Itkowitz PLLC Legal Project Management

Philadelphia Skyline

Legal Project Management -- Introduction and Definition

Project Management is classically the stuff of manufacturing, construction, technology development, and other fields.  When project management principles are imposed upon the practice of law, you get Legal Project Management.
The definition that we have developed at Itkowitz PLLC for Legal Project Management is: 

Why don't more lawyers utilize Legal Project Management?  Your guess is as good as mine, at this point.  The below graphic takes a stab at figuring it out.


Why LPM is a Better Way for Lawyers and Clients to Work Together

Legal Project Management (“LPM”) is a better way for lawyers and clients to work together, as compared with the vast dynamic that exists between attorneys and their clients as I write this in late 2013. 

In what I call “the old school model of delivery of legal services” (see below graphic), because initial assessment is expensive, lawyers tend to do less of it.  Less in-depth initial assessment necessarily leads to a lawyer and a client with a lesser understanding of the issues in the case, and a lesser understanding of the meaningful choices that exist.  Less in-depth initial assessment also means that more of the assessment is done simultaneously with the execution, and, thus:

• things take longer
• there are more surprises
• it is harder to meet deadlines, and
• it is harder to stay within a budget. 

Further, because the client was offered less choice, he has a smaller role in deciding on a course of action.  Therefore, the client accepts less responsibility for the ultimate outcome of such action.  If the outcome is not one expected by and/or welcomed by the client, then tension develops between lawyer and client.  Under the old-school approach, the client becomes a necessary evil, gets updates grudgingly, and is not viewed as a partner in the legal project.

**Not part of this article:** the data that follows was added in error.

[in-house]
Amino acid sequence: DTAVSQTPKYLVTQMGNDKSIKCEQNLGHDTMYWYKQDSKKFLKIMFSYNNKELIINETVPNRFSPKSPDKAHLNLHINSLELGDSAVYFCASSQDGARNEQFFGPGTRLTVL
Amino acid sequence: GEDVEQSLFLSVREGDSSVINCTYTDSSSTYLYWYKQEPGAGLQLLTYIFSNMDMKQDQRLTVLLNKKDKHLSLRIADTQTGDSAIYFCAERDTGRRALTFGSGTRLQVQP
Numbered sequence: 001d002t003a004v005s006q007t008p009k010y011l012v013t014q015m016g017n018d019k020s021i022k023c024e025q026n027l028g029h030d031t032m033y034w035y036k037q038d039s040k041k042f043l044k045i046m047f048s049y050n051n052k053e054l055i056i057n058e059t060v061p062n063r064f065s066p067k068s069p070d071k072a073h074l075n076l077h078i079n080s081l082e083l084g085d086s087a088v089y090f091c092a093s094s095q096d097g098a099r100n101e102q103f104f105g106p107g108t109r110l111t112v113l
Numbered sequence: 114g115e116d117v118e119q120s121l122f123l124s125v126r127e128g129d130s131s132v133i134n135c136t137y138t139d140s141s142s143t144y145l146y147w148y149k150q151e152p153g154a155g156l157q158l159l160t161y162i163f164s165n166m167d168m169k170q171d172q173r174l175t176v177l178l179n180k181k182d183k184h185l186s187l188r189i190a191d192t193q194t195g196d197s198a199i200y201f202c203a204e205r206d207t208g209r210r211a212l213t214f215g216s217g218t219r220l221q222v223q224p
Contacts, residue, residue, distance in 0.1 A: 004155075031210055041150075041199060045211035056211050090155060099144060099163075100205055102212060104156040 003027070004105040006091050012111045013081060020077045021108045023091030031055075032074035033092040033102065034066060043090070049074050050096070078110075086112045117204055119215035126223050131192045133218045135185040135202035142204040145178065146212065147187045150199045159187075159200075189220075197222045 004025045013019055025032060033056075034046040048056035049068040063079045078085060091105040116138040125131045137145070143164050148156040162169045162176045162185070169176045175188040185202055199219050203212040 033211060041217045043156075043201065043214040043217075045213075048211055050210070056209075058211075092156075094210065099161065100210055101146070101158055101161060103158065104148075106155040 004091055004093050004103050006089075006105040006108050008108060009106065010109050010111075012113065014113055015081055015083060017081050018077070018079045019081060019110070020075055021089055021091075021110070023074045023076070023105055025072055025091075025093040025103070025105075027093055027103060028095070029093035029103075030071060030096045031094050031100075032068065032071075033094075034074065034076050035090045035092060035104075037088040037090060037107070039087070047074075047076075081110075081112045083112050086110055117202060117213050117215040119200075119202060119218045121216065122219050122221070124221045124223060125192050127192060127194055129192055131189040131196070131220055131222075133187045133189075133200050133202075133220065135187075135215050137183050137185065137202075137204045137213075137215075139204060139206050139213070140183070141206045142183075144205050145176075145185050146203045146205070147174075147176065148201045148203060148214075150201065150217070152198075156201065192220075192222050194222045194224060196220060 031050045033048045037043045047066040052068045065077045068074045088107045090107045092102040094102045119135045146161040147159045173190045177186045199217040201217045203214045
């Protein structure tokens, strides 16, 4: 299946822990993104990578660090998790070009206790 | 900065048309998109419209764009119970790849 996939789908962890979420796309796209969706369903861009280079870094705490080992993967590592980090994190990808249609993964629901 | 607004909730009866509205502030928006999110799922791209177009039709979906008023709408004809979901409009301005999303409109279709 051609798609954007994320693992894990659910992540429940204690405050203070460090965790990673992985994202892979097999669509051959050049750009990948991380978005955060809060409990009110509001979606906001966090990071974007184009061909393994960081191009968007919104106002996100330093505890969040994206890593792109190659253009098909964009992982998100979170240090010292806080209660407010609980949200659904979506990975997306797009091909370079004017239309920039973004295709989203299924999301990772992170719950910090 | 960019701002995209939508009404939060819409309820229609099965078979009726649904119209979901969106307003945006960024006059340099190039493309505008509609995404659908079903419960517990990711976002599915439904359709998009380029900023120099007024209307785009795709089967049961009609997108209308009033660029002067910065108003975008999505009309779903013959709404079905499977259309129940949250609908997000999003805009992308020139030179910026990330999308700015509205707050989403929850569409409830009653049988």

In Itkowitz PLLC’s Legal Project Management system, the case is comprehended as a series of manageable stages (or “Scopes of Work”)  For each Scope of Work there is a cycle of:

• Assessment
• Client Choice
• Execution, and
• Outcome. 

After an Outcome is reached, the information gathered during the Scope of Work feeds right back into the next stage of the case, and Assessment begins all over again for the next Scope of Work.

With Legal Project Management (see below graphic), the Assessment phase is in-depth.  By focusing the client and the firm on information gathering, risk assessment, and critical thinking from the inception of each stage, the client is better able to make choices.  Thereafter, in the execution phase there is more room for allocating resources, budgeting, cost control, and deadline management.  The client is, thereafter, not surprised by the outcome of the Scope of Work and owns the results, because the client is making educated, informed choices.  Again, after an Outcome is reached, the information gathered during the Scope of Work feeds right back into the next stage of the case, and Assessment begins all over again for the next Scope of Work. With the Legal Project Management approach, there is communication at every phase, and lots of client involvement.